Flintoff's over and Ganguly's troubled times

Cricinfo and Wisden writers select their best and worst moments from 2005


Edward Craig

Matthew Hoggard was fined for as 'lack' of appeal against Salman Butt © Getty Images
I'm probably not unique in this but that over of Freddie's at Edgbaston was the best cricketing moment of the last 20 years. The crowd, the moment, the celebrations, the speed he was bowling and the look on Ricky Ponting's face when Freddie bowls a no-ball sixth ball. I still cheer when I watch it on the highlights.
Matthew Hoggard's fine for not appealing in the first Test in Pakistan when the batsman nicked it to the keeper. Over-zealous refereeing (Afridi apart) and umpiring did its best to ruin a wonderful (and friendly) series of exciting cricket. Hoggard's fine typified this - it was absurd.
Edward Craig is deputy editor of The Wisden Cricketer

Siddhartha Vaidyanathan

There were more downs than ups for Sourav Ganguly in 2005 © Getty Images
This was an incredible setting: a run-of-the-mill Duleep Trophy game at dusty Rajkot, not being televised and played out at a ground resembling a construction site, becoming the epicentre of a nation's cricketing future. Sourav Ganguly had recently lost the one-day captaincy and obituaries had been penned. Considering Ganguly's previous flirtations with destiny, nobody could rule out a comeback and it promised a fairytale that was too tempting to resist. Watching Ganguly unveil a classic century stirred the heart. For two journalists, who watched the game thanks to an impulsive decision to board a train, purely because of the magnetic attraction towards the most fascinating cricketer in recent times, the experience was that much sweeter.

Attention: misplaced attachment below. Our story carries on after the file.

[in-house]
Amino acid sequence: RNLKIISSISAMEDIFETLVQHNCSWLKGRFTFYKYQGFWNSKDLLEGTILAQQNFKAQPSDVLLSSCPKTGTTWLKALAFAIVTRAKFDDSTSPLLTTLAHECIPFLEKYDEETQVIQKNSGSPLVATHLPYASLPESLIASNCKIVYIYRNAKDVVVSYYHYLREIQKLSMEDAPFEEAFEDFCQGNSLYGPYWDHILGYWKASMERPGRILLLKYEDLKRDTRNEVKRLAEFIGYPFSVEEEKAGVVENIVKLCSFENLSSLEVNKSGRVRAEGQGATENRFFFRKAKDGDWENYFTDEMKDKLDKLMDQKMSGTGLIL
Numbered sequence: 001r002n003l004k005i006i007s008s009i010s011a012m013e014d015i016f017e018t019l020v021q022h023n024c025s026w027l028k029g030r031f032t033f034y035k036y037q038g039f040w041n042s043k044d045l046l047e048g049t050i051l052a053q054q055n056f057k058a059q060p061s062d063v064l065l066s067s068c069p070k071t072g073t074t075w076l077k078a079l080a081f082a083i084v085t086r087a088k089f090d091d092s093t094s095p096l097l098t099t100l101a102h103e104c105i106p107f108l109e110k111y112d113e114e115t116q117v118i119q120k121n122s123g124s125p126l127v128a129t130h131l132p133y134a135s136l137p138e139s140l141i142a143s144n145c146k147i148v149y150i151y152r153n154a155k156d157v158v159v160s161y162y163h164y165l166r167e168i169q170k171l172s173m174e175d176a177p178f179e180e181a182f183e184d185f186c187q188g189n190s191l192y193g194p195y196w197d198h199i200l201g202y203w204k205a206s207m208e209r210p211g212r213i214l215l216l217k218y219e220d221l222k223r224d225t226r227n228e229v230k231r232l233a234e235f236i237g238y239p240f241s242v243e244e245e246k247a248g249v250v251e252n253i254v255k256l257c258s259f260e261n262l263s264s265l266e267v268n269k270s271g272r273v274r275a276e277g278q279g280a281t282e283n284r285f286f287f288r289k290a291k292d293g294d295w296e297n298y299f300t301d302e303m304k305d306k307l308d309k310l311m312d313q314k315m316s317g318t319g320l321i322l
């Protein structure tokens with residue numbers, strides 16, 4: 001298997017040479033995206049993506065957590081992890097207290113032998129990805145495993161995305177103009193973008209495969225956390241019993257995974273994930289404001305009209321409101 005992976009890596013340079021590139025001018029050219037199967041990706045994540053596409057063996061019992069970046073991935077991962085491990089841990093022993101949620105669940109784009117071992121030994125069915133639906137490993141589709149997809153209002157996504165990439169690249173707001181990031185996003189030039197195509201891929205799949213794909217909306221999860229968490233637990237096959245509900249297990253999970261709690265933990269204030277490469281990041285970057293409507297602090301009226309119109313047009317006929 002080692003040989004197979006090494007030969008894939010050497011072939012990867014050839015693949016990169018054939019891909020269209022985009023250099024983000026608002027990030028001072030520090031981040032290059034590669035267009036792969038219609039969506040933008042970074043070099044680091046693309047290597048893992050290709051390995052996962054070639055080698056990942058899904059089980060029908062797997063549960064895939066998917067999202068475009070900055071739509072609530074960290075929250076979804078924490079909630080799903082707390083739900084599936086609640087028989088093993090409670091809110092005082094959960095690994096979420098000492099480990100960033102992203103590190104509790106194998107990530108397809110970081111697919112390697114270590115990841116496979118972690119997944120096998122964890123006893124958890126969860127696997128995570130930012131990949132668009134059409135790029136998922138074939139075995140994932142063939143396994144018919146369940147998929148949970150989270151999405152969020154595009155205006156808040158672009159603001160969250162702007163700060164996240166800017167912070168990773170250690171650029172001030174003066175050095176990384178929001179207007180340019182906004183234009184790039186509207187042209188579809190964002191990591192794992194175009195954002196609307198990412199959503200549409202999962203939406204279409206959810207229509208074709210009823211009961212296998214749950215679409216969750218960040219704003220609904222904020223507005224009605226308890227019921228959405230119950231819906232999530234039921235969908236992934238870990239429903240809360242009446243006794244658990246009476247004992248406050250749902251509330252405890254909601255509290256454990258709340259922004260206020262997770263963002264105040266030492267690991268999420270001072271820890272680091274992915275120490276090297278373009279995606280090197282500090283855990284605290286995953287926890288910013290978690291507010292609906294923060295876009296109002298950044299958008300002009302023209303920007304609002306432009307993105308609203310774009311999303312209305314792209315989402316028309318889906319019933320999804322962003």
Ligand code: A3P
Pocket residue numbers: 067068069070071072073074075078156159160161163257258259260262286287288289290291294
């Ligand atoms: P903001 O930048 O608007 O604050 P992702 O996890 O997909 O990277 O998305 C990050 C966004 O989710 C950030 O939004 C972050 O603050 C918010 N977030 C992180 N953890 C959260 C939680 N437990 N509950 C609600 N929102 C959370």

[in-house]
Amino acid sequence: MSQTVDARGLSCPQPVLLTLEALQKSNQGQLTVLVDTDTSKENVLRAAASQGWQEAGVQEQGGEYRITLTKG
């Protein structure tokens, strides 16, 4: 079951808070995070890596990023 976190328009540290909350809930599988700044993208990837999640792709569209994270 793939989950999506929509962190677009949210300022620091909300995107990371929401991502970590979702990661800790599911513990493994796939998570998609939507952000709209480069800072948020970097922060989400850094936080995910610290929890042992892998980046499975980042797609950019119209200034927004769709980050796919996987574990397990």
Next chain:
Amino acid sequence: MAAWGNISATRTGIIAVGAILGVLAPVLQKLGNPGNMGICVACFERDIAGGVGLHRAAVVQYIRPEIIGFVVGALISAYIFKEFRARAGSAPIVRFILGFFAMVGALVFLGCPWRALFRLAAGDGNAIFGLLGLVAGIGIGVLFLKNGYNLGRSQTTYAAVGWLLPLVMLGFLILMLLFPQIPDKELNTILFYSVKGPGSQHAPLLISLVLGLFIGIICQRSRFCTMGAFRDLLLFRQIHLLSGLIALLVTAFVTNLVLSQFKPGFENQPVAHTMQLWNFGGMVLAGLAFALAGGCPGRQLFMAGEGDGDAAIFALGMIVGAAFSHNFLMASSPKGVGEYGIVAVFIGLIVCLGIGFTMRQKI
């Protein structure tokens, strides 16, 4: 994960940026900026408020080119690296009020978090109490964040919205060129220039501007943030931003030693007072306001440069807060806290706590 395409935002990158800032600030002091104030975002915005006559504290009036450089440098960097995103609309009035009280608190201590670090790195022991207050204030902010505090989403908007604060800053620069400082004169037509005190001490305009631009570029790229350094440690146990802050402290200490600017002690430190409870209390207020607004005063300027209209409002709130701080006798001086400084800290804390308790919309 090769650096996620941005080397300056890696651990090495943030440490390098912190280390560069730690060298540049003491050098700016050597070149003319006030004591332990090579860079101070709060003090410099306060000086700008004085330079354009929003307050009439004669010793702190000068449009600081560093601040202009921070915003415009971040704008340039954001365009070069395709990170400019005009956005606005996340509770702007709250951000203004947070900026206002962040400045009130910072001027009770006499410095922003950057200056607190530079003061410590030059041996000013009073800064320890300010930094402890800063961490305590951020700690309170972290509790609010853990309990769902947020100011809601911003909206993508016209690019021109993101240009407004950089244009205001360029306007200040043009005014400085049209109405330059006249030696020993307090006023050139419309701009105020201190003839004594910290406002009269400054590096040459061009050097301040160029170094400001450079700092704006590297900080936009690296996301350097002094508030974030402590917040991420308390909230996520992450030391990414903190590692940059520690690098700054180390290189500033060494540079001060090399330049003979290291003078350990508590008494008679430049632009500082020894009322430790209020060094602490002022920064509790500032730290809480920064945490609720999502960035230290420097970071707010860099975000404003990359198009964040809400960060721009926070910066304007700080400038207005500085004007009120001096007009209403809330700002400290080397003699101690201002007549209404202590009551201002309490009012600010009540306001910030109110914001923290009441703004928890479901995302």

If the Rajkot experience was uplifting, the scenes at Bangalore, nearly seven months earlier, were simply depressing. As a Ganguly fan, one accepted his frailties against the short ball but never did one imagine that a man who consistently stuffed slow bowlers in the shredder would flounder against spin, being reduced to a bumbling tyro against Danish Kaneria and Co. He was dropped off the first ball he faced and stumped off the next. If that was saddening, two days later one sunk even lower as he pottered around for 13 balls, made two runs, before he attempted an expansive drive off Shahid Afridi and, inevitably, missed. It was spin, it was the off side, but both Ganguly and God had deserted us.
Siddhartha Vaidyanathan is staff writer of Cricinfo